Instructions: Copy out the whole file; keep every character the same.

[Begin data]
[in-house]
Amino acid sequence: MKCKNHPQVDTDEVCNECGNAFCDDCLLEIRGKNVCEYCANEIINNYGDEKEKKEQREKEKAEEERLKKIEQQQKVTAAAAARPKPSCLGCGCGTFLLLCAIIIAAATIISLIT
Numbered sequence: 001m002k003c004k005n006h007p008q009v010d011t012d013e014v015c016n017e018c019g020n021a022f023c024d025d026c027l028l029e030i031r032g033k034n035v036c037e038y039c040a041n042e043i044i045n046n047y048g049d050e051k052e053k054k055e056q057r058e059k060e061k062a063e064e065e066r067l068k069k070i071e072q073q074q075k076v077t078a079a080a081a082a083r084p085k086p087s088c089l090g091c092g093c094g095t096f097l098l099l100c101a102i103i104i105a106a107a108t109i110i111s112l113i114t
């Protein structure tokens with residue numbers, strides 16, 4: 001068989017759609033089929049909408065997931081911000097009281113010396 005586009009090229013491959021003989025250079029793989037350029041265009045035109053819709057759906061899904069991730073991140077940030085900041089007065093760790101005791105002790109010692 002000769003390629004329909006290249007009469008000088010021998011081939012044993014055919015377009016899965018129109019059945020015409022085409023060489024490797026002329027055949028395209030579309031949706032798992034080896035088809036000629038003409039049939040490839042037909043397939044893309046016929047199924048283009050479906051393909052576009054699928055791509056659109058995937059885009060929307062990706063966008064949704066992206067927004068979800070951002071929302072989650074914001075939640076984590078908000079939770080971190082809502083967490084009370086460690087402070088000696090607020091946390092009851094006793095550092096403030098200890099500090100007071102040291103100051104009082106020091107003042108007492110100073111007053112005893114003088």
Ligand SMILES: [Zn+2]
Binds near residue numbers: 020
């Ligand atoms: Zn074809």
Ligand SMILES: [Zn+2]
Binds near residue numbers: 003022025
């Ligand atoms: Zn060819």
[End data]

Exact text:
[in-house]
Amino acid sequence: MKCKNHPQVDTDEVCNECGNAFCDDCLLEIRGKNVCEYCANEIINNYGDEKEKKEQREKEKAEEERLKKIEQQQKVTAAAAARPKPSCLGCGCGTFLLLCAIIIAAATIISLIT
Numbered sequence: 001m002k003c004k005n006h007p008q009v010d011t012d013e014v015c016n017e018c019g020n021a022f023c024d025d026c027l028l029e030i031r032g033k034n035v036c037e038y039c040a041n042e043i044i045n046n047y048g049d050e051k052e053k054k055e056q057r058e059k060e061k062a063e064e065e066r067l068k069k070i071e072q073q074q075k076v077t078a079a080a081a082a083r084p085k086p087s088c089l090g091c092g093c094g095t096f097l098l099l100c101a102i103i104i105a106a107a108t109i110i111s112l113i114t
């Protein structure tokens with residue numbers, strides 16, 4: 001068989017759609033089929049909408065997931081911000097009281113010396 005586009009090229013491959021003989025250079029793989037350029041265009045035109053819709057759906061899904069991730073991140077940030085900041089007065093760790101005791105002790109010692 002000769003390629004329909006290249007009469008000088010021998011081939012044993014055919015377009016899965018129109019059945020015409022085409023060489024490797026002329027055949028395209030579309031949706032798992034080896035088809036000629038003409039049939040490839042037909043397939044893309046016929047199924048283009050479906051393909052576009054699928055791509056659109058995937059885009060929307062990706063966008064949704066992206067927004068979800070951002071929302072989650074914001075939640076984590078908000079939770080971190082809502083967490084009370086460690087402070088000696090607020091946390092009851094006793095550092096403030098200890099500090100007071102040291103100051104009082106020091107003042108007492110100073111007053112005893114003088």
Ligand SMILES: [Zn+2]
Binds near residue numbers: 020
């Ligand atoms: Zn074809």
Ligand SMILES: [Zn+2]
Binds near residue numbers: 003022025
């Ligand atoms: Zn060819």